One of the most anticipated annual events in comics fandom is Free Comic Book Day, where, on the first Saturday of May every year (unless you happen to be called Fully Booked), participating comic book shops around the world give away comics absolutely free to anyone who comes into their stores.
Of course with the internet there are now other ways by which creators can distribute their free goodies. Case in point: Wideawake Press has just released “The Ancient Age” – a free digital comic download which, in their own words, “gathers fantastic stories about the world’s earliest civilizations, as told by the mighty sequential artisans of today. A monumental mix of new and classic tales featuring heroes, philosophers, creatures, and gods.”
Amongst the aforementioned “mighty sequential artisans” is our very own Andrew Drilon, Filipino artist and spec fic writer, who contributes a wonderful little 65-page gem entitled “Xia.” I urge everyone to download the comic and try it for themselves, but for those on the fence (and unless you have a dial-up connection I don’t see why you would be–I mean, it’s free @_@) here’s a review:
EDIT: Forgot to mention–my copy of the Ancient Age had two copies of page 3 for some reason, but I don’t think I’m missing any, so it’s a 5 page story as it stands. I think Andrew mentioned it being a 6 page tale though so I’m asking him if any page is missing – regardless I think because of the style, it’s hard to even tell it’s missing a page.
Story: Andrew does a good job capturing the tone and rhythm of a myth, with repetitions and a things-come-in-threes familiarity which makes one imagine that the story could easily be told orally–which is precisely how a story in the mythic vein should sound (although on that note I would have expected the start of the narration to be a bit more grandiose than it was). I also like the wordy, overly descriptive title given to Mo Xing–even if my only real exposure to Asian pantheons was thorugh Jade Empire RPG and the Snake Agent (a wonderful novel with a very Asian take on Urban Fantasy)–it still felt right. (No, they didn’t teach us much about early Chinese mythology in Xavier, unless you count mooncakes and Mulan.)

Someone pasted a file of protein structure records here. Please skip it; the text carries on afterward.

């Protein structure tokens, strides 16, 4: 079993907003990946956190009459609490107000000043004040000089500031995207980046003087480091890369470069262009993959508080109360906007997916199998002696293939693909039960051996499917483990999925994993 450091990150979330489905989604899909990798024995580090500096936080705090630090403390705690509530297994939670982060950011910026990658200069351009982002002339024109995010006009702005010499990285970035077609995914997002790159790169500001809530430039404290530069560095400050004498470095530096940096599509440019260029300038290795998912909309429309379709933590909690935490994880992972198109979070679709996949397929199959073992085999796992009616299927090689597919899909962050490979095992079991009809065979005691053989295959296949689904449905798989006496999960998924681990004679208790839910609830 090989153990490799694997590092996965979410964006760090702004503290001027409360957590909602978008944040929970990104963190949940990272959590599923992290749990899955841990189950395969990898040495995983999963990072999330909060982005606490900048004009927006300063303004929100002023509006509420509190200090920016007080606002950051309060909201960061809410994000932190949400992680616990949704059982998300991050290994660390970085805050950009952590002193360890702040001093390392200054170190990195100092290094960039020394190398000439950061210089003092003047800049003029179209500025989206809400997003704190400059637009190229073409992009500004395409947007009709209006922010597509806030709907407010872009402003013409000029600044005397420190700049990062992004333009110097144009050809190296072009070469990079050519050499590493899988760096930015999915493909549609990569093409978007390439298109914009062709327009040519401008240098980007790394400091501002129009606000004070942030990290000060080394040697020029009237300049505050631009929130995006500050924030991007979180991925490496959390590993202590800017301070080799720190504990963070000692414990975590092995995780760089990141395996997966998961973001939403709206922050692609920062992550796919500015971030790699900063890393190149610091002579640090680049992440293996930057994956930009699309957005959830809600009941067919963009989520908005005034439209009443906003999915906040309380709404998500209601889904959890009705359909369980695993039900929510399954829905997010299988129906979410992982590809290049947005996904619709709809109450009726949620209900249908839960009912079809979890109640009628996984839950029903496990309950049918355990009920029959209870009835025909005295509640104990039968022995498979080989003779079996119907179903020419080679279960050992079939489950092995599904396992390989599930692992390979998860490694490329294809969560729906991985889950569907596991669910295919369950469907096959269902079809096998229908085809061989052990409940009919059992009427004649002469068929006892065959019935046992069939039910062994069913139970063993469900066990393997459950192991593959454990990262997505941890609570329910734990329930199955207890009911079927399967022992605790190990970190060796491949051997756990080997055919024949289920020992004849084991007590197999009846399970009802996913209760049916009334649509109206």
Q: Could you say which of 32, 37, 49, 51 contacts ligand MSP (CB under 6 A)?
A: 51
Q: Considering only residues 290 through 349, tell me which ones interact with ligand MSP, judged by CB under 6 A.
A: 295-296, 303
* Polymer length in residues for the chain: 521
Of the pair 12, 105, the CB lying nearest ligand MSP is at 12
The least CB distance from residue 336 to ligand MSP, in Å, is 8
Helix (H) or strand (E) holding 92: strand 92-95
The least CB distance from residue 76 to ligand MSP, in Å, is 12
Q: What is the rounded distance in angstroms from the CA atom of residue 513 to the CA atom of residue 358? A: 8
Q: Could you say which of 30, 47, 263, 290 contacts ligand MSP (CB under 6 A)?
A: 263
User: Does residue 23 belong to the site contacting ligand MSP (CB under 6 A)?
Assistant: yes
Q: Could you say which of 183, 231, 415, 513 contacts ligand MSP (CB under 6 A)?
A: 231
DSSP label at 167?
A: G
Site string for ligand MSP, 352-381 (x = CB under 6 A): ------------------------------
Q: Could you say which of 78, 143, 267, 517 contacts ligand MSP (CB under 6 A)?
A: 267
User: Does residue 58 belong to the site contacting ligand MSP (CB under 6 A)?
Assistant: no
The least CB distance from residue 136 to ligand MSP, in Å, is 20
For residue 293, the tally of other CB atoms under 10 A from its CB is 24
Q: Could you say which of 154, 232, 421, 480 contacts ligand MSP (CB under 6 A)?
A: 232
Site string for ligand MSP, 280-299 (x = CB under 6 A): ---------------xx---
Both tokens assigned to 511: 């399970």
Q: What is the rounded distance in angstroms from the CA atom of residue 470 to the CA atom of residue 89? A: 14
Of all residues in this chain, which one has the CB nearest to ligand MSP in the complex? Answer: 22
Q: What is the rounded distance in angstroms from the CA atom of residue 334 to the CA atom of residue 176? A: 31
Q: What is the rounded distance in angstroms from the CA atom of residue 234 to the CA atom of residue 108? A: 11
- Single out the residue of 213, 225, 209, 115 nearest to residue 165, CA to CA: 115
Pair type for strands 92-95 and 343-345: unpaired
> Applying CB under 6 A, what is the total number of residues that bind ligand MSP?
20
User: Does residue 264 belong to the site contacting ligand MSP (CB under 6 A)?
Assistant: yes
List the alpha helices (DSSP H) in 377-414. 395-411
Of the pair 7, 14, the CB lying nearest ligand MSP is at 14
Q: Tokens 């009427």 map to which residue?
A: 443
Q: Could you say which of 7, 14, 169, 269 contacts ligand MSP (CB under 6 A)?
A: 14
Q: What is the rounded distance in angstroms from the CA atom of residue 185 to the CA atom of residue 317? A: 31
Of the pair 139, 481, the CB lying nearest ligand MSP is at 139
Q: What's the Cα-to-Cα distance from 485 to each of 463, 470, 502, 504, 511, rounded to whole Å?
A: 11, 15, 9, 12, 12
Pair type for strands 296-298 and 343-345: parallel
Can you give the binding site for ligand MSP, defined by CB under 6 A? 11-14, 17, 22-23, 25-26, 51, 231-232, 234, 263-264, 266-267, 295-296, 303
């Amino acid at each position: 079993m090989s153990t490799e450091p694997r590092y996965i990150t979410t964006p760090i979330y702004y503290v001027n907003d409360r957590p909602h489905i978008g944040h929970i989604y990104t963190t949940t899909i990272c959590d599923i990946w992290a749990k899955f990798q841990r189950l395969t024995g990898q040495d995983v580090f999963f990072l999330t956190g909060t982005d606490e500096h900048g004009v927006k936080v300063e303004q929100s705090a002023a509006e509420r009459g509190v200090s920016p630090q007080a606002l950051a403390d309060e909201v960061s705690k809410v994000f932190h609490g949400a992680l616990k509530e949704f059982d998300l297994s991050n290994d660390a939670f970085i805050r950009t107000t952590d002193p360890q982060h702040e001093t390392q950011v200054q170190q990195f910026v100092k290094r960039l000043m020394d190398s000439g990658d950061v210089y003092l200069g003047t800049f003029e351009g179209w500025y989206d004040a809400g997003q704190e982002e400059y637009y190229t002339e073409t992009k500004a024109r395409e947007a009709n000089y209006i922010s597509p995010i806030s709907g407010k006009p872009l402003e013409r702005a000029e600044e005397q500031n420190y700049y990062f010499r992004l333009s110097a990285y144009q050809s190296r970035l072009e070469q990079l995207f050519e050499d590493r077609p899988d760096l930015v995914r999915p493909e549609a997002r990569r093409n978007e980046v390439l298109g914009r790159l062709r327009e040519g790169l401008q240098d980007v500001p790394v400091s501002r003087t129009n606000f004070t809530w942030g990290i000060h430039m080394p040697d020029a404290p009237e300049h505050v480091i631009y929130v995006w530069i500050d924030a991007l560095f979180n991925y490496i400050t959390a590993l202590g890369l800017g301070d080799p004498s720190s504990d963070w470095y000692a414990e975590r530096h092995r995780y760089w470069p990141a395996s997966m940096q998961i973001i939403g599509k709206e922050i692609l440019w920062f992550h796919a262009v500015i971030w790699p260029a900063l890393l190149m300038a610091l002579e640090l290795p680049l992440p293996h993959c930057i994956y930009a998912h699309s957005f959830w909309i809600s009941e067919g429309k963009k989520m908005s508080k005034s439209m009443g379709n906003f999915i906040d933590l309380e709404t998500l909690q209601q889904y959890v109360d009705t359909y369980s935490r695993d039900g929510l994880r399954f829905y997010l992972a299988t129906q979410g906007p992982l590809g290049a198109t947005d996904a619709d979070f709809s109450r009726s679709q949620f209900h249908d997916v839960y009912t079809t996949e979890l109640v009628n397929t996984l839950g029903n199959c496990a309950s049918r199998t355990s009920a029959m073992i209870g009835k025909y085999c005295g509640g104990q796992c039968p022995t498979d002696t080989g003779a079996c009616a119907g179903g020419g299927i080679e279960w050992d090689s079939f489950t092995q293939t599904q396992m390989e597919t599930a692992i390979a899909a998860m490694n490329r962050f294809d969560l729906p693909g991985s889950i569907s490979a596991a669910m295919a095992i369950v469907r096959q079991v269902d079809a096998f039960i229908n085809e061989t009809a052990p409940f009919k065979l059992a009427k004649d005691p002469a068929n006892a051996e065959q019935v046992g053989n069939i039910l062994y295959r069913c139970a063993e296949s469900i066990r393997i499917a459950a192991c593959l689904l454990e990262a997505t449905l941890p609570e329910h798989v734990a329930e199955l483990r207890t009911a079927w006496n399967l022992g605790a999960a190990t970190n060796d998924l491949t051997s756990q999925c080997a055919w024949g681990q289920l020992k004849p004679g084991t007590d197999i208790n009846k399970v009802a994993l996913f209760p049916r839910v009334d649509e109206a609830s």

Longtime comic fans (and discerning spec fic fans everywhere) might see a great deal of similarity between the premise of Xia and the seminal “Ramadan” story by Neil Gaiman and P. Craig Russell (in Sandman #50) but rest assured that while there are similarities, the story plays out in a different, but satisfying way. The ending is the sort that surprises but makes sense in retrospect–which makes it a good ending.
Art: Andrew has a very intricate, eye-catching style. The comic may just be six pages but there is a lot going on in every panel, and each line on the page seems to be one which was placed there intentionally, after much careful thought. The embroideries and curlicues that form a sort of “aura of divinity” around Mo Xing are particularly well done, and really lend the story an old oriental storybook feel that suits the tale perfectly, as do the stylized clouds and magical creatures that Andrew populates the panels with. One minor quibble is that I wish some of the panels were inked darker (usually he seems to use a lighter touch to show out-of-focus or distant things, but there are times when I think clearer lines would serve) but that’s a matter of stylistic preference I think.
All in all, I encourage everyone to pick up “The Ancient Age” (just click the link–you can download it from the website) not just for Xia (although that’s all I’m reviewing here) but for all the other stories you can pick up for an unbeatable price of zilch. And hey, if you liked it, drop Andrew Drilon a line at his site.